The Japanese characters forming the word 'ike-bana' can be best translated as 'living flowers.' However, ikebana has become generally accepted as meaning the art form of Japanese flower arrangement.
Ikebana of Richmond, Virginia is a cultural, non –profit organization whose purpose is to stimulate, cultivate, and perpetuate the study of Ikebana, related arts, and Japanese culture. It was organized in 1967 and is currently comprised of over 150 members. Ikebana of Richmond meets the first Thursday of the month from September through May in the Education Building at the Lewis Ginter Botanical Garden.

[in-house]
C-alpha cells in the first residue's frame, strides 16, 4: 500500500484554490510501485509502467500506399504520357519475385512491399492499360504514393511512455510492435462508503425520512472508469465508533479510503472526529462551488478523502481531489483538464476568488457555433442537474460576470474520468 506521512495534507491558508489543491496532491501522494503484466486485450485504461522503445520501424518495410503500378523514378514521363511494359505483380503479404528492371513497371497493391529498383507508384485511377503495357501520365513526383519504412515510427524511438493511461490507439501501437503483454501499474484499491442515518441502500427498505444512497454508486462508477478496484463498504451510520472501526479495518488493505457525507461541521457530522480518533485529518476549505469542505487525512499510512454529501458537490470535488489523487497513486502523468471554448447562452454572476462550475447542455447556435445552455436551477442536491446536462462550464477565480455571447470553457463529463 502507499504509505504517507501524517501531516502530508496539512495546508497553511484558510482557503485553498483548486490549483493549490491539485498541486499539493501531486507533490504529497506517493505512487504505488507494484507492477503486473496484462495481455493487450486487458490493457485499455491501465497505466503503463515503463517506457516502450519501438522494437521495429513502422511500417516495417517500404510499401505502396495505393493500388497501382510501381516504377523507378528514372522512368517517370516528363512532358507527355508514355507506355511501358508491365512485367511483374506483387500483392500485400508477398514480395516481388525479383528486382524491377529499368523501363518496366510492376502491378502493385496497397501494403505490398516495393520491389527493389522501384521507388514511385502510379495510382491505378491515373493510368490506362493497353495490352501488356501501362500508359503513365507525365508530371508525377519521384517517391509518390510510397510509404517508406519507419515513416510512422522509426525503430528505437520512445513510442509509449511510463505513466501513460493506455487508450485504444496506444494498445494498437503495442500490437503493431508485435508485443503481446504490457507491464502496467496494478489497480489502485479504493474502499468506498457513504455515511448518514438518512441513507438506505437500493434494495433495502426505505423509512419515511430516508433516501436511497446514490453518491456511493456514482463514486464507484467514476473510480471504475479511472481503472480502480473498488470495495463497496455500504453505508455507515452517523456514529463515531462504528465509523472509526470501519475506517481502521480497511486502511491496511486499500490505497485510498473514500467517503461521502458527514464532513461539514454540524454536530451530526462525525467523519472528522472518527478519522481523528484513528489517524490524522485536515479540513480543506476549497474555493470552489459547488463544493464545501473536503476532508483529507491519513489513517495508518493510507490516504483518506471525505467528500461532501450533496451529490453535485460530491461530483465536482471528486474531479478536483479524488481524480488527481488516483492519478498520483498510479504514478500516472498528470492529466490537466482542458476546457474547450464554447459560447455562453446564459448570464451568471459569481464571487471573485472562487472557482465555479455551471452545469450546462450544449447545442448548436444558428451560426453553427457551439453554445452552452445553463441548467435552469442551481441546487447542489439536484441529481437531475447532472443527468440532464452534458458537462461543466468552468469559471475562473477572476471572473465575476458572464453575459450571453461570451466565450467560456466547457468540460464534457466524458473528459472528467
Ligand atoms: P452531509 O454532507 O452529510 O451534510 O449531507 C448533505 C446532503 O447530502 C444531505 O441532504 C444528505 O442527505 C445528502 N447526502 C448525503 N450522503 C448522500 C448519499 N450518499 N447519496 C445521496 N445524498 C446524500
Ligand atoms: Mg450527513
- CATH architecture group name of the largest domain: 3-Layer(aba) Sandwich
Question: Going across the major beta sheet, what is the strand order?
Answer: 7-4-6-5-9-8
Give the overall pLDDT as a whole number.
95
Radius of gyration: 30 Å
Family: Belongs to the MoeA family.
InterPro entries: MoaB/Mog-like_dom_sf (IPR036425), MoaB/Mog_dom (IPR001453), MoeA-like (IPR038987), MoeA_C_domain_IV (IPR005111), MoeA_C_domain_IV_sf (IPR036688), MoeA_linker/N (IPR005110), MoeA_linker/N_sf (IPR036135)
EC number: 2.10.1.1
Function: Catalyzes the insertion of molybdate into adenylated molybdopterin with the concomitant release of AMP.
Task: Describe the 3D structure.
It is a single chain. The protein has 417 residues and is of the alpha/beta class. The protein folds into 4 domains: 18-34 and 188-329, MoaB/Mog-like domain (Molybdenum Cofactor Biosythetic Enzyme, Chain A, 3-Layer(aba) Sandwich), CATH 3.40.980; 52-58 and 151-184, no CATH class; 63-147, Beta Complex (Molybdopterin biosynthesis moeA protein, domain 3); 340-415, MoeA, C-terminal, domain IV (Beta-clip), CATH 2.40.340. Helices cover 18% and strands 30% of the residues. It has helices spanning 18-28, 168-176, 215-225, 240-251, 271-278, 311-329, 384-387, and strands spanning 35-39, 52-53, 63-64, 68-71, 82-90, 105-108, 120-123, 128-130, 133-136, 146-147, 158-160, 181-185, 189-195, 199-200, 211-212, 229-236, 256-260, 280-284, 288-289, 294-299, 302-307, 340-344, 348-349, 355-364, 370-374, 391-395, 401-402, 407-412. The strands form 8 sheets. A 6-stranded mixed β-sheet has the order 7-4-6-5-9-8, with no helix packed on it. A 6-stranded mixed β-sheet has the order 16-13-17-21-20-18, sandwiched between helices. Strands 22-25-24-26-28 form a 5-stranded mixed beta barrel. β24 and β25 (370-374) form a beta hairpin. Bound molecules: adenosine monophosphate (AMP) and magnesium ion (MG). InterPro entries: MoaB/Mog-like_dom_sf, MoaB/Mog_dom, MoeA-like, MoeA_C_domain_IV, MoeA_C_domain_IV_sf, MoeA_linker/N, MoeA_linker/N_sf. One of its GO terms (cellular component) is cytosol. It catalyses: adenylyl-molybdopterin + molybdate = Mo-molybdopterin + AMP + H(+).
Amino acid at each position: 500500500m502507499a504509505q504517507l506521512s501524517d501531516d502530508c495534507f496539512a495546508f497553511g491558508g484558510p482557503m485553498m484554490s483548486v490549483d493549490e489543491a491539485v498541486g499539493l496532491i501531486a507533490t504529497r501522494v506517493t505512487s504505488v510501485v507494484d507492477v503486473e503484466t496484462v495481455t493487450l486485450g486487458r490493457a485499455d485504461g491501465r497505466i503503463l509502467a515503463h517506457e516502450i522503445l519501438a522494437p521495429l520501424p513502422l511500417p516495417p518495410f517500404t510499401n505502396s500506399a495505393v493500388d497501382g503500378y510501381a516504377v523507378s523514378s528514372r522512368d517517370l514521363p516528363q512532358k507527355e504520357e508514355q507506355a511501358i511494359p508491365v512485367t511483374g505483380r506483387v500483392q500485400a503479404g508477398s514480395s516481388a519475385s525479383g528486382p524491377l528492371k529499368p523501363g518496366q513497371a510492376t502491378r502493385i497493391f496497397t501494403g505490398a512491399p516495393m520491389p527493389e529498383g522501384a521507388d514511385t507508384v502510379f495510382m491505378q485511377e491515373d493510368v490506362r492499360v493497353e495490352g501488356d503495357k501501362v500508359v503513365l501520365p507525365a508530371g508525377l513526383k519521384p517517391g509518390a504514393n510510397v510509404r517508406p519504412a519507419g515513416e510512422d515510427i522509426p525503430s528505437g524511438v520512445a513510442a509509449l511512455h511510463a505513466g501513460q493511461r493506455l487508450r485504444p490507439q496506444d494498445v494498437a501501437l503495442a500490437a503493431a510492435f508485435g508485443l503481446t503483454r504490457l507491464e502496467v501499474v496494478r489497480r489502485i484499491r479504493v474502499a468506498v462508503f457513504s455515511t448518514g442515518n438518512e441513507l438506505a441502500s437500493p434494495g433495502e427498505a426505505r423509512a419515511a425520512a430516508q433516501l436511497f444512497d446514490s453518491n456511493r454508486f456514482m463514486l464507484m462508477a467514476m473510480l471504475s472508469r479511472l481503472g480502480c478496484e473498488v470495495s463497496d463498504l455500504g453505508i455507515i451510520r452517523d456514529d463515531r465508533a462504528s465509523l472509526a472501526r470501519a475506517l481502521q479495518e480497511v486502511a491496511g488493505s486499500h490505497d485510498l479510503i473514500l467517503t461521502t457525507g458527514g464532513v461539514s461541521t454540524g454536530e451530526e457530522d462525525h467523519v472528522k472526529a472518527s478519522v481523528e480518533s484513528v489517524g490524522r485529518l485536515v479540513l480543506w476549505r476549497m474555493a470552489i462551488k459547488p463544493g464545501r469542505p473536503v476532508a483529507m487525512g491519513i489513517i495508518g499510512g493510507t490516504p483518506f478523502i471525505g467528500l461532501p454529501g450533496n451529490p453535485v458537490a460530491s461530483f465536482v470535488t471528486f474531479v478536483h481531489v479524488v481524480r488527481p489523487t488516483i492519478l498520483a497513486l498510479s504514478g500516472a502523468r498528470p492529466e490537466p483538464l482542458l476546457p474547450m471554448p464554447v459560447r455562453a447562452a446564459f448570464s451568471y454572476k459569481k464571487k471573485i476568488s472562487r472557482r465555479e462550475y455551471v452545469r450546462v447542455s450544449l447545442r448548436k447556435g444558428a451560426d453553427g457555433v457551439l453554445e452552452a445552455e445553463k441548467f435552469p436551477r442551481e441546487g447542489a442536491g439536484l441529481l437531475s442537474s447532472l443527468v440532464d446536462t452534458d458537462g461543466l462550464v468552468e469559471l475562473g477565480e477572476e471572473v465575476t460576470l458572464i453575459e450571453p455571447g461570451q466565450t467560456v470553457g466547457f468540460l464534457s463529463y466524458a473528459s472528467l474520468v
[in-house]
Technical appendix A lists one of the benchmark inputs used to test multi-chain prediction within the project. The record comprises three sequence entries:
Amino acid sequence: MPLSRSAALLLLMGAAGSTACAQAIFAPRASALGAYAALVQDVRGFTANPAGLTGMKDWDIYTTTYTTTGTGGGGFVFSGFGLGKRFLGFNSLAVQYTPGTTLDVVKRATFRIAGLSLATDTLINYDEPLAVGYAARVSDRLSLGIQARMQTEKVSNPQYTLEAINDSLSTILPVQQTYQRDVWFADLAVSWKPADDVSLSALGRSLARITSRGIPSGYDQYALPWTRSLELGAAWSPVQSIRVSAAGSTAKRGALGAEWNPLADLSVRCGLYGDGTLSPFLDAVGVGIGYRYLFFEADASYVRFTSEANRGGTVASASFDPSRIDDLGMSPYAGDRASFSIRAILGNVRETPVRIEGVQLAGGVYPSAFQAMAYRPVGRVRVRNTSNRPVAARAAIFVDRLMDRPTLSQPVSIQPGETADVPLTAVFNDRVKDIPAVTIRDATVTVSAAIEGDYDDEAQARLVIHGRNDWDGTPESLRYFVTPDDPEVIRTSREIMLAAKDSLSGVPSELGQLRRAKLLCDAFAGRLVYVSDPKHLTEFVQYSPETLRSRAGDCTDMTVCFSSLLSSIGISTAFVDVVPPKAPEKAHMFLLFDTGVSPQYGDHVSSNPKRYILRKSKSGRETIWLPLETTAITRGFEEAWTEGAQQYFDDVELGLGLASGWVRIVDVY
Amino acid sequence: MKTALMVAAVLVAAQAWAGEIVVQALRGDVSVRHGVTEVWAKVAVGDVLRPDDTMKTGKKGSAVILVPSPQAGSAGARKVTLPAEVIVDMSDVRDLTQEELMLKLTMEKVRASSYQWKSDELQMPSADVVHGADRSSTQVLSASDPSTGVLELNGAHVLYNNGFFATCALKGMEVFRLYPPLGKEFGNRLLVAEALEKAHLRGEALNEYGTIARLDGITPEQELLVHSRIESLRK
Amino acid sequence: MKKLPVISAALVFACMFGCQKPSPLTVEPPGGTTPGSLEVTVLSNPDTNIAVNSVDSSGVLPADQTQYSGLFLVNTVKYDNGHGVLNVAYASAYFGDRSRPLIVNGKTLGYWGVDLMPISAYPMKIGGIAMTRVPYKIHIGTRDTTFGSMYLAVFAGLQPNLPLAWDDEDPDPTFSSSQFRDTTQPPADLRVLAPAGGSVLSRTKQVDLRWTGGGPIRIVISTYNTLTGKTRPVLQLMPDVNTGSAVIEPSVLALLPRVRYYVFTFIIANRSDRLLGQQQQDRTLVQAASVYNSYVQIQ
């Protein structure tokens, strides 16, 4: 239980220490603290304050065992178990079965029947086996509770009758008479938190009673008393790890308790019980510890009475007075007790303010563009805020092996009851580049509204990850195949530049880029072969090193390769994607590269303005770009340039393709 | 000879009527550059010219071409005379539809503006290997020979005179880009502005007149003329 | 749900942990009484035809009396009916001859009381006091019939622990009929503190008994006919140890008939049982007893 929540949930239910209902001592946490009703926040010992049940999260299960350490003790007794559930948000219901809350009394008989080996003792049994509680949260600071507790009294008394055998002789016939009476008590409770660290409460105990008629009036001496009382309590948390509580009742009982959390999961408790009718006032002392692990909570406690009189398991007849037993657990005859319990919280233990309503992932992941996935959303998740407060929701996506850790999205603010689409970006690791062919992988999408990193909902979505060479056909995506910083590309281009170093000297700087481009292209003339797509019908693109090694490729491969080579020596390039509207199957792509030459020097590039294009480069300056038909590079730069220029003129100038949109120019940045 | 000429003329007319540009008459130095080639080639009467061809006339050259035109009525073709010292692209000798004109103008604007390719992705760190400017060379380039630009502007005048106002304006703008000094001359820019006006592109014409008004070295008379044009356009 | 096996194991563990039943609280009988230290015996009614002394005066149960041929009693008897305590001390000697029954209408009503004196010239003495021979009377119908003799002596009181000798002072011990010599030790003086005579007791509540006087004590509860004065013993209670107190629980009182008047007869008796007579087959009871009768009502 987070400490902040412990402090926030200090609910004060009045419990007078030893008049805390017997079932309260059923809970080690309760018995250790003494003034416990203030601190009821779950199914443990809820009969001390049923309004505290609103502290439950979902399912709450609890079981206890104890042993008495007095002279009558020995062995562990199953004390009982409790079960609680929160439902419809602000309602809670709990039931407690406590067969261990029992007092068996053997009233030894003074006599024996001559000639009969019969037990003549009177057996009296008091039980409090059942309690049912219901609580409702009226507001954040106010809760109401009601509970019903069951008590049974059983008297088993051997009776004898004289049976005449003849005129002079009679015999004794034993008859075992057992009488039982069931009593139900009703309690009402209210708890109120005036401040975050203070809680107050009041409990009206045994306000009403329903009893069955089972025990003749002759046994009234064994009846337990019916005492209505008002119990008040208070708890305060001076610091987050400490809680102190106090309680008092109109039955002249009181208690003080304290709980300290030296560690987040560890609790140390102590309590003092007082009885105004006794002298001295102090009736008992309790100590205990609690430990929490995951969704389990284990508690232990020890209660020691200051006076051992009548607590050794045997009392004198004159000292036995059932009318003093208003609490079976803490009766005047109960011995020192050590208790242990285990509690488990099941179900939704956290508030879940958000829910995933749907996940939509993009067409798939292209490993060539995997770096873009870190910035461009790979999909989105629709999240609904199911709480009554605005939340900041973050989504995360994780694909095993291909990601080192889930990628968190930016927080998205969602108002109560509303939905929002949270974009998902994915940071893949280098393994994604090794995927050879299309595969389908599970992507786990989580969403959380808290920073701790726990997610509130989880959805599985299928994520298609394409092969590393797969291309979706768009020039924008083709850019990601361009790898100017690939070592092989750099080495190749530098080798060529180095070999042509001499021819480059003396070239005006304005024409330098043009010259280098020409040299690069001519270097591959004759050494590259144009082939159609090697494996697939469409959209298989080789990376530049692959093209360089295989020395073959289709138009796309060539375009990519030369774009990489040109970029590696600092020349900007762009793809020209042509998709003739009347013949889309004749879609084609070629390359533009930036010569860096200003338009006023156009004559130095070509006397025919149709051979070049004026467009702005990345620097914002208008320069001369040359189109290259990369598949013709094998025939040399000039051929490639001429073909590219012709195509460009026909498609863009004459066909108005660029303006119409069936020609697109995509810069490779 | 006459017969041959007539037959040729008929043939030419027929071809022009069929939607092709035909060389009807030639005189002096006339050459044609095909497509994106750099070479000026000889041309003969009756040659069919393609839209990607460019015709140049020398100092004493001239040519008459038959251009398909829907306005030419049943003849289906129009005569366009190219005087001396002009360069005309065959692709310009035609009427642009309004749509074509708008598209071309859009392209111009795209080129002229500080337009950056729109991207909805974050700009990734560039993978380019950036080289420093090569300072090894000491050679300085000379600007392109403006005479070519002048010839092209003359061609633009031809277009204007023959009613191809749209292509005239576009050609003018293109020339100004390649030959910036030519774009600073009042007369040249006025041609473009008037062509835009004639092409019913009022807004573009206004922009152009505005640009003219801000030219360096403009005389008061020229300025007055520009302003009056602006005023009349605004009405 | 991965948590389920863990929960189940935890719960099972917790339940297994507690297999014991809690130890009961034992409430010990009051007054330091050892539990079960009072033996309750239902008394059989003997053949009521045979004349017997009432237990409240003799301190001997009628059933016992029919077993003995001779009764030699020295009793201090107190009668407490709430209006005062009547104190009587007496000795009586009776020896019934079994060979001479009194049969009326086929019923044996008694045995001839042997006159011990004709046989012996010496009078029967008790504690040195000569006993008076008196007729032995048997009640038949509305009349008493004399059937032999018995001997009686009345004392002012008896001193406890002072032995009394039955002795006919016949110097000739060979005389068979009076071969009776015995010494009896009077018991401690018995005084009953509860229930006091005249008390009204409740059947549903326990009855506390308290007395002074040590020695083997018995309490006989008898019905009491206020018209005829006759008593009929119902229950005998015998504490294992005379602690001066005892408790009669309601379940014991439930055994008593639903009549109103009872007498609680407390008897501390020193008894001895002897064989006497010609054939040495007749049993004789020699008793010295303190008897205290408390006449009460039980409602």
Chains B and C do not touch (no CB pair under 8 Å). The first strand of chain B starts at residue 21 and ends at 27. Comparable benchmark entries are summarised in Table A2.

Our motto is “Friendship through Flowers,” and our emblem is the Bamboo Spray.
Mark your calendar
September 3, 2015
Haiku, Calligraphy and Ikebana
Cecil Uyehara, certified teacher in standard, semi-cursive scripts and Kamijo Shinzan style
Jane Redmond, Rigi, Sogetsu School of Ikebana
October 15, 2015 (The 3rd Thursday)
Ellen Gordon Allen Annual Lecture/Demonstration
"The Glory of the Season'
Young Lee Oh, 1st Term Master
November 4, 2015 (Wednesday)
Ikebana of Richmond Showcase
Ikenobo, Ohara, Sogetsu & Ichiyo